The Lord’s Prayer (Part II)
Matthew 6:7-10 | Ian Thomas
May 5th, 2019
Main idea: Prayer puts us in a posture of dependence before our Heavenly Father who provides, forgives, and delivers us.
“Ultimately there is nothing in the whole realm of Scripture which so plainly shows us our entire dependence upon God as does this prayer, and especially these three petitions.” ~ Martyn Lloyd-Jones
I. Praying for Provision (6:11)
Many of us do not pray for daily necessities in this way. This is because most of us are unconcerned about where our next meal is coming from or if we will have what we need to survive tomorrow. But more dangerously, we don’t pray this way because it pushes against our bent toward self-provision.
The phrase “daily bread” is loaded with biblical meaning. The original hearers would have immediately connected to this to God’s provision of ‘manna’ in the wilderness (cf. Ex. 16). God literally provided for them daily bread and gave them strict instructions to collect it each morning while not storing it up. This was to teach them to fully depend and rely on him.
The Israelites didn’t follow these instructions, however. They stored up bread and were communicating to God: “What’s more sure than your word is our effort.” Where do we communicate the very same thing?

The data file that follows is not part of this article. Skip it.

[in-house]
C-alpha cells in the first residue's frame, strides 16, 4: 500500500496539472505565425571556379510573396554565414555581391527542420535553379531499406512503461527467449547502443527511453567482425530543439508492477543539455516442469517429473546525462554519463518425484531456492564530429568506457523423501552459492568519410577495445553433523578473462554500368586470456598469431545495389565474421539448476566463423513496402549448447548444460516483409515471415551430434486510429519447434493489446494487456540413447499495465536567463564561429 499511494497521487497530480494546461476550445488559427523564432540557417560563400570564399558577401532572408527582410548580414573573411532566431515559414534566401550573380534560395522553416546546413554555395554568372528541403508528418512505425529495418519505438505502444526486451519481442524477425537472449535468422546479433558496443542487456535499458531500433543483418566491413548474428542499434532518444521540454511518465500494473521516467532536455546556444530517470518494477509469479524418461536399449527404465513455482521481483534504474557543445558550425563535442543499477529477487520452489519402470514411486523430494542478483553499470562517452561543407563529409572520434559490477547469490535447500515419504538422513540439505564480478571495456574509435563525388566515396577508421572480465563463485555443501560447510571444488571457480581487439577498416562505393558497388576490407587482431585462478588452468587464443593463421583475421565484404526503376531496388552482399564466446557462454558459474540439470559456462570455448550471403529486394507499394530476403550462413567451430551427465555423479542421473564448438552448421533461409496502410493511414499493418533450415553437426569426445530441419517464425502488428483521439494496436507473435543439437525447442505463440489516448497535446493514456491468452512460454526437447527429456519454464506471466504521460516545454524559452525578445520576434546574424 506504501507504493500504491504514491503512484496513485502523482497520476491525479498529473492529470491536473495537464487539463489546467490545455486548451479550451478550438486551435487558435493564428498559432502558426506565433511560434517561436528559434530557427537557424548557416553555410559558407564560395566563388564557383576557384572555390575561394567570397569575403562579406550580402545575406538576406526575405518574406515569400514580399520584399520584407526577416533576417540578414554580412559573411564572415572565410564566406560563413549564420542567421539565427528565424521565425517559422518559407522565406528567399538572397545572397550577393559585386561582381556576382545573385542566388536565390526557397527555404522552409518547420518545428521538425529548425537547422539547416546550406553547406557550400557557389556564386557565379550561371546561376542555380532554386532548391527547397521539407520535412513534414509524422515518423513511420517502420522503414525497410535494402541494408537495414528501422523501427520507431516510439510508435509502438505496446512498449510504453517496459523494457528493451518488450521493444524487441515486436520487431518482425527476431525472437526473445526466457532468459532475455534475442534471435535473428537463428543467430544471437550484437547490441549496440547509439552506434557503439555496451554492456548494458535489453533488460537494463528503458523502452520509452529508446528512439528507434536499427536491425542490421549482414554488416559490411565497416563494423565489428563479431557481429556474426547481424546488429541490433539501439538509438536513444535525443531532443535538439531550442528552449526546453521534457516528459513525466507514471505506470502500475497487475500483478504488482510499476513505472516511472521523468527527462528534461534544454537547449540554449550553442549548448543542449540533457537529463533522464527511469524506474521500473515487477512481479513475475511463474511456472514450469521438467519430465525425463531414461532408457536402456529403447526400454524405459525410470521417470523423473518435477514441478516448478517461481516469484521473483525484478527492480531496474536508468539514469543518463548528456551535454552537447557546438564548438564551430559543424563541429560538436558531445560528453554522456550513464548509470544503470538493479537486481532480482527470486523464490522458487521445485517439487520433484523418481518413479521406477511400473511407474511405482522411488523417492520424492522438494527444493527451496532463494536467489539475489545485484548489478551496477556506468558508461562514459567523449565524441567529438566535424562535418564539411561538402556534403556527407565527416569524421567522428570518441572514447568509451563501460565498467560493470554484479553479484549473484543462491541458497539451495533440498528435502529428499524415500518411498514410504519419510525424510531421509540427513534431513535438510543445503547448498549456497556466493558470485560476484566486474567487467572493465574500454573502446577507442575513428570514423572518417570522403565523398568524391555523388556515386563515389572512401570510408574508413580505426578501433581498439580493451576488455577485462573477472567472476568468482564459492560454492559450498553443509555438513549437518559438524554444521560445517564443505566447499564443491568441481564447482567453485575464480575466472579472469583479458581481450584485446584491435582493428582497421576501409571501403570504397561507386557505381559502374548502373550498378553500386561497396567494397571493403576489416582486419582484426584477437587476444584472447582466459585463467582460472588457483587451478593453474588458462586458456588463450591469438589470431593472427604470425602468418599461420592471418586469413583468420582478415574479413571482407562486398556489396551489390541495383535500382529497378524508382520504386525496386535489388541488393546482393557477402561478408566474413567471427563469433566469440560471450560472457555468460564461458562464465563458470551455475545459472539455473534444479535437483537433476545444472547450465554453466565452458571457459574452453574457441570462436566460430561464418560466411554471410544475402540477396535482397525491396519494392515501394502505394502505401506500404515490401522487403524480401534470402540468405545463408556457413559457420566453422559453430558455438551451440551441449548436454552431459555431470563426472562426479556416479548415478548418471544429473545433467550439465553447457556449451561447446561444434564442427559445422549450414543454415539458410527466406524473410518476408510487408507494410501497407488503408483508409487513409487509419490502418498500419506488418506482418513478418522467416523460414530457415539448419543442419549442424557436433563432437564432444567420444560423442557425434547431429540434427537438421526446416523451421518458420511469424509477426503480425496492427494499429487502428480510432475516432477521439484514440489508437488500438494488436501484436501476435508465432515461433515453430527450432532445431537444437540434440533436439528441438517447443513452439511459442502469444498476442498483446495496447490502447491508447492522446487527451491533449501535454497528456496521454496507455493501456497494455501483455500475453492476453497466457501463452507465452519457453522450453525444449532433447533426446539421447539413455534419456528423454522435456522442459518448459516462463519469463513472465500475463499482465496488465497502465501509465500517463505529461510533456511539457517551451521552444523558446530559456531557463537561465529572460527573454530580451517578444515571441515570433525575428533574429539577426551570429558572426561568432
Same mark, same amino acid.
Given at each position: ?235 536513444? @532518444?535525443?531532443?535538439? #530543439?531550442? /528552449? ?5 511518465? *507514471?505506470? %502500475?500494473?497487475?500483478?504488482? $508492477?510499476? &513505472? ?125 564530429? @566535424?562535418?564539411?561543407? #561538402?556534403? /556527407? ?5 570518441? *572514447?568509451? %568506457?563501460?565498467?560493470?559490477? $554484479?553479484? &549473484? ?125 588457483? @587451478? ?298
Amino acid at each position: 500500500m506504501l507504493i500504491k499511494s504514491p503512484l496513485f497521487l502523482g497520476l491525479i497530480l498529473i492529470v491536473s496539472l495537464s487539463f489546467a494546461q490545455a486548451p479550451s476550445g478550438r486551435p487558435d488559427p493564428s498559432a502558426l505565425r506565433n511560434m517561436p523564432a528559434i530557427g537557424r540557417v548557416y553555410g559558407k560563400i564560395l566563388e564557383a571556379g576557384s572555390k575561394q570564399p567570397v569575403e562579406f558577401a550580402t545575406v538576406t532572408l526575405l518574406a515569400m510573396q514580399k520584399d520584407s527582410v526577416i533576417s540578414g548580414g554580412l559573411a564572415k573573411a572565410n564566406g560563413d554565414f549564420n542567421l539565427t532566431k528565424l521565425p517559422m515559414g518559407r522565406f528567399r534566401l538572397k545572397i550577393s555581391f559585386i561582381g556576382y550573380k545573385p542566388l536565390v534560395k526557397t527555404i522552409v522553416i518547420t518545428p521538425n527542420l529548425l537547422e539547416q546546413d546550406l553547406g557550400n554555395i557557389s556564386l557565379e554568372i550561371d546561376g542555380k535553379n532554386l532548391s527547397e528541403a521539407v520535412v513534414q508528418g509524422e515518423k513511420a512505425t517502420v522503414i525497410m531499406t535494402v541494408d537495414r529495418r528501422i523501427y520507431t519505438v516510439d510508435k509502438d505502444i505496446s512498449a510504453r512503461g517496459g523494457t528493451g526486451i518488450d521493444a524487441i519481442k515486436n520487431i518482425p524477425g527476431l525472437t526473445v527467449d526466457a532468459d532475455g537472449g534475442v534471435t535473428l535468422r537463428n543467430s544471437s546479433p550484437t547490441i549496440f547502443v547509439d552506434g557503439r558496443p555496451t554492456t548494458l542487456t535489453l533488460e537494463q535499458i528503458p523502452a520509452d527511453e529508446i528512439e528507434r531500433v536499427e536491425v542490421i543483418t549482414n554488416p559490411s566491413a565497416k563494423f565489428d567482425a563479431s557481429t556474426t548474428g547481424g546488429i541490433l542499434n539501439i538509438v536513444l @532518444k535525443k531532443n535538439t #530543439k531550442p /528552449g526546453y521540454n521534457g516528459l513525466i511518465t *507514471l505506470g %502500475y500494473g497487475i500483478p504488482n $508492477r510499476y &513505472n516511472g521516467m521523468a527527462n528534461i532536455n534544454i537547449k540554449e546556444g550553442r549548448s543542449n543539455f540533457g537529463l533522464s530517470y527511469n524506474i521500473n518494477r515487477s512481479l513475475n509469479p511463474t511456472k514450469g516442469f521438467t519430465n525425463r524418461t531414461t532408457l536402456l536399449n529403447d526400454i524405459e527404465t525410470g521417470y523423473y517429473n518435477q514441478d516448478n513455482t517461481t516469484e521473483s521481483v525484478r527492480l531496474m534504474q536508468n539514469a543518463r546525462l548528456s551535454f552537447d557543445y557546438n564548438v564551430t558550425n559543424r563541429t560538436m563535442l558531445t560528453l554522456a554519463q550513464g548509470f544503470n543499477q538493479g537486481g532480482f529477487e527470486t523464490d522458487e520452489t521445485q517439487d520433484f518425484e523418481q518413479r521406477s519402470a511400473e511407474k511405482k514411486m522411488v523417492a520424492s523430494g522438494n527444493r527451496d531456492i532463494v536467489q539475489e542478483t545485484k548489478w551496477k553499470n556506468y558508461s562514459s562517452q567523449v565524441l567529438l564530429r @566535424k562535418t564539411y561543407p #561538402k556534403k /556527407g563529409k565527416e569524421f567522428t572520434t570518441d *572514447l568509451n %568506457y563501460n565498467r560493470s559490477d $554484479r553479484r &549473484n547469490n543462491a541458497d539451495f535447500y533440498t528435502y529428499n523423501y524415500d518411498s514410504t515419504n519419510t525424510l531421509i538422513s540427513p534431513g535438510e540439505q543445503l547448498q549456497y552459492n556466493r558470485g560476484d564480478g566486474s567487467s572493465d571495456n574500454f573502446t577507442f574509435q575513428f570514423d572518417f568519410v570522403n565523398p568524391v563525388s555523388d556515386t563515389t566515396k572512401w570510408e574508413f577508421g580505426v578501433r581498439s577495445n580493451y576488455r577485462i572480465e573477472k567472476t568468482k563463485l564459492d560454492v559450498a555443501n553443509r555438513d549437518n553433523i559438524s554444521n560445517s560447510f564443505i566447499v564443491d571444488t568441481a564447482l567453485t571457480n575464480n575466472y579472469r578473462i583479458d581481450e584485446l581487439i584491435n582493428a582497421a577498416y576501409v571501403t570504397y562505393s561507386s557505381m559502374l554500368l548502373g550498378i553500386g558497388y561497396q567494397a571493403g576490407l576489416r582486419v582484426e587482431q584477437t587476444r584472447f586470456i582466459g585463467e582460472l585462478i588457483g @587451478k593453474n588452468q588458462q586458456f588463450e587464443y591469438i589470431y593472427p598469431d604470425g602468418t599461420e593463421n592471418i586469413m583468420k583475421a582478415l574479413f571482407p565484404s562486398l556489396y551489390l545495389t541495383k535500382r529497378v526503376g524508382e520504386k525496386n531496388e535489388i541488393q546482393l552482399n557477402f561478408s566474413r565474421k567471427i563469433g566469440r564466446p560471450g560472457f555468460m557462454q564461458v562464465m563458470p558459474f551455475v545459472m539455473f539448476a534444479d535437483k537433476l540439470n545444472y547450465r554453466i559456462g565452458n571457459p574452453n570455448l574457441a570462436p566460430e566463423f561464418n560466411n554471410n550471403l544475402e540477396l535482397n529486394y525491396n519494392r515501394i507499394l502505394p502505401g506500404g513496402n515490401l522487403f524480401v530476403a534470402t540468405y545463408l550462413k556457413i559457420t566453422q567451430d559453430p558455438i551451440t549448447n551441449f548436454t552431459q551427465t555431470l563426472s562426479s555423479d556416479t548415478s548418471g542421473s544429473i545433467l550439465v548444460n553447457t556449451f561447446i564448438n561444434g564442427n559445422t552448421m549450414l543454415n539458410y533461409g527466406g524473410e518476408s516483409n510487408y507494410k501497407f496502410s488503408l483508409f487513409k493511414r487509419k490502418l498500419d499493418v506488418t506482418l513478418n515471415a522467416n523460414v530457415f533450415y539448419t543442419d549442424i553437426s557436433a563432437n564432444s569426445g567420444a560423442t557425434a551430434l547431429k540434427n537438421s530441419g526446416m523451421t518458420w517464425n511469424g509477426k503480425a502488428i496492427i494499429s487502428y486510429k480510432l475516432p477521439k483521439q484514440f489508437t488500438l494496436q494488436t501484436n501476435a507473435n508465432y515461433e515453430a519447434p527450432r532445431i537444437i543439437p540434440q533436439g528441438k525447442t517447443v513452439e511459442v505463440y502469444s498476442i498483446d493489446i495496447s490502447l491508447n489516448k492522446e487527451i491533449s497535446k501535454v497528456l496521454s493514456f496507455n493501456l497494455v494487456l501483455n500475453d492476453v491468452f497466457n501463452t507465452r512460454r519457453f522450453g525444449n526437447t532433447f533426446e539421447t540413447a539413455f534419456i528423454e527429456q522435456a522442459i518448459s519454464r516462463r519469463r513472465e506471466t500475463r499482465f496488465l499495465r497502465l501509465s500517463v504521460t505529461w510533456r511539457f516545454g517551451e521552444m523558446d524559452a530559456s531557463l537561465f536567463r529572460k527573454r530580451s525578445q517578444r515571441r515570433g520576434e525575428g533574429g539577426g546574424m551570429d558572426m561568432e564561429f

This temptation is the temptation that runs through the whole Bible. It goes all the way back to the Garden of Eden and the serpent’s temptation of Eve. It is also seen in Satan’s temptation of Jesus in Matt. 4:1-4. Can you really trust your Father? God is keeping something back from you. Grab hold of your own future. Lean into self-provision.”
Deuteronomy 8:3: “And he humbled you and let you hunger and fed you with manna, which you did not know, nor did your fathers know, that he might make you know that man does not live by bread alone, but man lives by every word that comes from the mouth of the LORD.”
“Believers are invited into the experience of the Father’s care and the necessary of humility and dependence by praying for God’s daily provision, and this heart motivation is the state of true flourishing” ~ Jonathan Pennington
II. Praying for Forgiveness (6:12, 14-15)
Praying in this way pushes against our bent toward self-protection. We prone to withhold forgiveness because it is painful. Sin causes real hurts and painful consequences.
To forgive someone means to absorb the cost, which is heightened by the biblical language of “debt.” Demanding and receiving full restitution is often impossible when our hurts can’t be measured monetarily.
This prayer invites us to begin vertically before moving horizontally. We owe God our full obedience as our creator. However, all of us have fallen short and have a cosmic debt we are unable to pay back. That’s the very reason for the cross, which lies at the heart of the gospel message.
Colossians 2:13-14: And you, who were dead in your trespasses and the uncircumcision of your flesh, God made alive together with him, having forgiven us all our trespasses, by canceling the record of debt that stood against us with its legal demands. This he set aside, nailing it to the cross